First Line: I got off the tram at Můstek and walked the rest of the way.
Almost lost to censorship, Innocence features some of famed Holocaust memoirist Heda Margolius Kovály's own experiences in an engrossing mystery set in 1950s Prague, a city and a country firmly under the thumb of the Soviet regime.
Life in Prague is hard. Not just because of shortages or political corruption or the unceasing surveillance, but because there is no way of knowing whether or not your neighbors-- or even your family and friends-- are spying for the government. Even if they're not spying, what are they going to say if they're picked up for questioning by a State Security agent?
Secrets are a way of life, and when a little boy is murdered at the movie theatre where his aunt works, the investigation begins to shine too much light on the personal lives of the theatre's four female ushers-- and they all have secrets to hide.
When you begin reading Innocence-- and I hope all of you will-- please do not skip the introduction written by Heda Margolius Kovály's son. These pages will show you that Kovály's own life was every bit as interesting as her book, and as each character's secrets are revealed, there is such an incredible ring of truth that it cannot be denied. Kovály was influenced by Raymond Chandler, but this little jewel of a mystery is far from being some slavish copy.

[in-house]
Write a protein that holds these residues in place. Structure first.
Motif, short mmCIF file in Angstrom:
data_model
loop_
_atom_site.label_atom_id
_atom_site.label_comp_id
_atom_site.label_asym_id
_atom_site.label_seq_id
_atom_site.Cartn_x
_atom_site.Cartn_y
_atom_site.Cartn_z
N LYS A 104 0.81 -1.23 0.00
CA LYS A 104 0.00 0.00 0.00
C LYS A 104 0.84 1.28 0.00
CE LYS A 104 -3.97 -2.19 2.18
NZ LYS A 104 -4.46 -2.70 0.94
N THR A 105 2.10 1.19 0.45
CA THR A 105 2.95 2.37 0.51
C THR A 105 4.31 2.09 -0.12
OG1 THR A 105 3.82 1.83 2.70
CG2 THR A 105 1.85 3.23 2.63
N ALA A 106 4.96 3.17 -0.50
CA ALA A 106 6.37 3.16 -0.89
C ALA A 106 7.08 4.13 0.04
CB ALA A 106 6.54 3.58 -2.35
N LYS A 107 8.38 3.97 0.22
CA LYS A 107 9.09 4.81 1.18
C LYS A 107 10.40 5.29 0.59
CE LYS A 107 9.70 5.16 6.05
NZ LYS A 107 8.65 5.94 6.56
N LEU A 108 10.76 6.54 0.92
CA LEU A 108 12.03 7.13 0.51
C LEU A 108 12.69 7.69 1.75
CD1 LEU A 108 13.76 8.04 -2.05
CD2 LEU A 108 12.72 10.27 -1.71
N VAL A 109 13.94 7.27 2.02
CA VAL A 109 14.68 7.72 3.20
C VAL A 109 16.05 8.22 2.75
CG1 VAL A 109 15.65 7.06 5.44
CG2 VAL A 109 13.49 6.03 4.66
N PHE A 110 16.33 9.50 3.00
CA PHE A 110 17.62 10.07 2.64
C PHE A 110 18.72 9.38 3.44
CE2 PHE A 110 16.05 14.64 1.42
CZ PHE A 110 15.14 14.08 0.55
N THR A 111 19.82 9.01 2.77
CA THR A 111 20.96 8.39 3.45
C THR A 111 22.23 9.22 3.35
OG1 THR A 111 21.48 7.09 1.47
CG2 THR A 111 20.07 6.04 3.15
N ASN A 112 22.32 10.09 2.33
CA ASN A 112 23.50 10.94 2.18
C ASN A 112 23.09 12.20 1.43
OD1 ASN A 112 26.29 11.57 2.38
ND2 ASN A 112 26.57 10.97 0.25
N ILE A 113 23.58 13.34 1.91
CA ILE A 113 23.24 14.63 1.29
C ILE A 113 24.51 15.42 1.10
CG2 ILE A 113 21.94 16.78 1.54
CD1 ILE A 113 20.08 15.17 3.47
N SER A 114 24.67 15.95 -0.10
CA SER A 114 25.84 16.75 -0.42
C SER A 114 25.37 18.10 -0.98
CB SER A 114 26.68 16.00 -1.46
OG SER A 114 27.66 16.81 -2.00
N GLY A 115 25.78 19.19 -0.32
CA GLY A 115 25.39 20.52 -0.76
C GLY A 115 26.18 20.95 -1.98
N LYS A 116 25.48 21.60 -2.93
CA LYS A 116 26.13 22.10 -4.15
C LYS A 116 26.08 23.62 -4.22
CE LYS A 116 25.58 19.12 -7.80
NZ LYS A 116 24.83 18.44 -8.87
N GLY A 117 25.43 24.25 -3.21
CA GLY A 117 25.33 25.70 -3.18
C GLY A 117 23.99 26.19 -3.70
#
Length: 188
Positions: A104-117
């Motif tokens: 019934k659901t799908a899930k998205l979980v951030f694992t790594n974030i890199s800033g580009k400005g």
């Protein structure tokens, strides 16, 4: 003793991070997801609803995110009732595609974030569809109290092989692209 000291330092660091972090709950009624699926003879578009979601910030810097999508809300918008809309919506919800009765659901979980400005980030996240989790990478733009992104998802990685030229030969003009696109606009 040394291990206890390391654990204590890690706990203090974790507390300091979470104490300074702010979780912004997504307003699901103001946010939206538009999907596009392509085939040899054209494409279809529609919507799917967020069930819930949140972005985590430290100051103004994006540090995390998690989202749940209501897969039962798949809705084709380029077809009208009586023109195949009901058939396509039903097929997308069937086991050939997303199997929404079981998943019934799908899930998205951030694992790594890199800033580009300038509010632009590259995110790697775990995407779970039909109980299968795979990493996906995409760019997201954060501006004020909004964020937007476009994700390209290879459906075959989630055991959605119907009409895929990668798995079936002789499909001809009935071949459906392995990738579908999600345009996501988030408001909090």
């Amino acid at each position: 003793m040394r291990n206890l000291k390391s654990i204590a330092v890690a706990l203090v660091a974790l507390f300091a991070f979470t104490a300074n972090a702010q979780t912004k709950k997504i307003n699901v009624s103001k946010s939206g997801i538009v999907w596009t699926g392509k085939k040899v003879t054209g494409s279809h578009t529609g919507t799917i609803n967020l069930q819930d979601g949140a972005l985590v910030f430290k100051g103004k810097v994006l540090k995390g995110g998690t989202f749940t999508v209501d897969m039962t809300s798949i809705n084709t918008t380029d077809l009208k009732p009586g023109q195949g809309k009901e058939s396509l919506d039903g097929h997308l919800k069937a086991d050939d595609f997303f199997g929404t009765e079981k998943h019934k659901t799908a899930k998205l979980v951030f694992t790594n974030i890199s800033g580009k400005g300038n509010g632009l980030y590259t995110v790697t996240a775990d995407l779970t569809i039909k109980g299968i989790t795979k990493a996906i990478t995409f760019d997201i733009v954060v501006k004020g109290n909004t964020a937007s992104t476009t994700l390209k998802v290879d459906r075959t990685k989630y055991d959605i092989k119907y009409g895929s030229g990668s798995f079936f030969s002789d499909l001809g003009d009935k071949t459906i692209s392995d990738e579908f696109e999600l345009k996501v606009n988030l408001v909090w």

The theme of innocence runs throughout the book, and what Kovály's own experiences taught her was that, in a regime like that, no one is really innocent. It's a horrifying thing to contemplate, but by book's end, readers will come to realize that it's true.
Vendyš wiped away the rain sliding down his nose. Steep Street was like an empty auditorium after a performance, with Vendyš the late-coming spectator who could only guess at what had taken place.
Kovály has a talent for writing one- to two-line descriptions of her characters that are tiny slices of perfection. So many of today's writers would take paragraphs or even pages to define each one of theirs. There are other passages in Innocence that are beautifully descriptive and psychologically insightful. By the time the mystery is solved and Kovály's story has come to an end, I felt emotionally brutalized-- and in awe. She distilled years of fear and horror and rage into this book, and as a result Innocence is haunting... and extraordinary.
Innocence or, Murder on Steep Street by Heda Margolius Kovály
Soho Crime © 2015
Literary Mystery, Standalone
Source: the publisher